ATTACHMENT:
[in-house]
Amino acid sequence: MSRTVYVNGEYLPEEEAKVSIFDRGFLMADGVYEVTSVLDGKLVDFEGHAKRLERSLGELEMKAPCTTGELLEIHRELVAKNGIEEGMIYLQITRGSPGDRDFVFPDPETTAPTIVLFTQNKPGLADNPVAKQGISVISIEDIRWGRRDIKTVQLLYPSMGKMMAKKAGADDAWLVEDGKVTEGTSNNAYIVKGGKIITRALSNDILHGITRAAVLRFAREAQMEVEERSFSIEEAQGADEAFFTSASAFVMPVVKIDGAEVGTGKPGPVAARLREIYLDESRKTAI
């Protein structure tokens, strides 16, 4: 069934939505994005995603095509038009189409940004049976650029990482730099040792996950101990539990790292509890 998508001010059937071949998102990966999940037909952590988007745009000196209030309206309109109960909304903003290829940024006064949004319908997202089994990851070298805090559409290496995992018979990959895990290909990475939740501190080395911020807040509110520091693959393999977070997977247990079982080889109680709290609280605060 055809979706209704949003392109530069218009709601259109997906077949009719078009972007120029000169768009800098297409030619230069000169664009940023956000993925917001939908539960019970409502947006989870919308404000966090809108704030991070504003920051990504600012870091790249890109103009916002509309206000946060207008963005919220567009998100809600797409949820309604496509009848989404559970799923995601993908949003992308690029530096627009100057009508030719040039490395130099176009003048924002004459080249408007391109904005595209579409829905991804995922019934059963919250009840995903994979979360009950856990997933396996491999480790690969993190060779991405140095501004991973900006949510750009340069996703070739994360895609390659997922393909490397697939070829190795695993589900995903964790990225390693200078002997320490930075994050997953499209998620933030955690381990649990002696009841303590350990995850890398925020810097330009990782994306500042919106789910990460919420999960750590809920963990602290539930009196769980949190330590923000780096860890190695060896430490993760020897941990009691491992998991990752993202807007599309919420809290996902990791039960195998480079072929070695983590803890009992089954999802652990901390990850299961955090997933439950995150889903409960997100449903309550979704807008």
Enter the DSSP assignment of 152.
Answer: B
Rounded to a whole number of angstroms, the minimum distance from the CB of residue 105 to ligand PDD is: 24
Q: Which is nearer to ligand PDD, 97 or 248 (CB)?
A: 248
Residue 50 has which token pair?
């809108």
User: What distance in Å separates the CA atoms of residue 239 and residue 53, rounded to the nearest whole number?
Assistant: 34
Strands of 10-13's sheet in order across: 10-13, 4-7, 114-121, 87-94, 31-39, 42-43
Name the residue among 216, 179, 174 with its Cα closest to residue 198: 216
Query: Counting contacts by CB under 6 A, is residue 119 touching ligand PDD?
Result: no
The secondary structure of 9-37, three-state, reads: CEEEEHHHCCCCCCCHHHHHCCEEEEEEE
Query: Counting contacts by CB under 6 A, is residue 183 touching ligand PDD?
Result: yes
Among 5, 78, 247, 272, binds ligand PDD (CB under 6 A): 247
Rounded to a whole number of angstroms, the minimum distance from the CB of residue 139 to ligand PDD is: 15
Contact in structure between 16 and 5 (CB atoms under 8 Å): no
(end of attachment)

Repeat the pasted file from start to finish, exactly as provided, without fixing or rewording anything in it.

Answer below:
[in-house]
Amino acid sequence: MSRTVYVNGEYLPEEEAKVSIFDRGFLMADGVYEVTSVLDGKLVDFEGHAKRLERSLGELEMKAPCTTGELLEIHRELVAKNGIEEGMIYLQITRGSPGDRDFVFPDPETTAPTIVLFTQNKPGLADNPVAKQGISVISIEDIRWGRRDIKTVQLLYPSMGKMMAKKAGADDAWLVEDGKVTEGTSNNAYIVKGGKIITRALSNDILHGITRAAVLRFAREAQMEVEERSFSIEEAQGADEAFFTSASAFVMPVVKIDGAEVGTGKPGPVAARLREIYLDESRKTAI
């Protein structure tokens, strides 16, 4: 069934939505994005995603095509038009189409940004049976650029990482730099040792996950101990539990790292509890 998508001010059937071949998102990966999940037909952590988007745009000196209030309206309109109960909304903003290829940024006064949004319908997202089994990851070298805090559409290496995992018979990959895990290909990475939740501190080395911020807040509110520091693959393999977070997977247990079982080889109680709290609280605060 055809979706209704949003392109530069218009709601259109997906077949009719078009972007120029000169768009800098297409030619230069000169664009940023956000993925917001939908539960019970409502947006989870919308404000966090809108704030991070504003920051990504600012870091790249890109103009916002509309206000946060207008963005919220567009998100809600797409949820309604496509009848989404559970799923995601993908949003992308690029530096627009100057009508030719040039490395130099176009003048924002004459080249408007391109904005595209579409829905991804995922019934059963919250009840995903994979979360009950856990997933396996491999480790690969993190060779991405140095501004991973900006949510750009340069996703070739994360895609390659997922393909490397697939070829190795695993589900995903964790990225390693200078002997320490930075994050997953499209998620933030955690381990649990002696009841303590350990995850890398925020810097330009990782994306500042919106789910990460919420999960750590809920963990602290539930009196769980949190330590923000780096860890190695060896430490993760020897941990009691491992998991990752993202807007599309919420809290996902990791039960195998480079072929070695983590803890009992089954999802652990901390990850299961955090997933439950995150889903409960997100449903309550979704807008």
Enter the DSSP assignment of 152.
Answer: B
Rounded to a whole number of angstroms, the minimum distance from the CB of residue 105 to ligand PDD is: 24
Q: Which is nearer to ligand PDD, 97 or 248 (CB)?
A: 248
Residue 50 has which token pair?
């809108």
User: What distance in Å separates the CA atoms of residue 239 and residue 53, rounded to the nearest whole number?
Assistant: 34
Strands of 10-13's sheet in order across: 10-13, 4-7, 114-121, 87-94, 31-39, 42-43
Name the residue among 216, 179, 174 with its Cα closest to residue 198: 216
Query: Counting contacts by CB under 6 A, is residue 119 touching ligand PDD?
Result: no
The secondary structure of 9-37, three-state, reads: CEEEEHHHCCCCCCCHHHHHCCEEEEEEE
Query: Counting contacts by CB under 6 A, is residue 183 touching ligand PDD?
Result: yes
Among 5, 78, 247, 272, binds ligand PDD (CB under 6 A): 247
Rounded to a whole number of angstroms, the minimum distance from the CB of residue 139 to ligand PDD is: 15
Contact in structure between 16 and 5 (CB atoms under 8 Å): no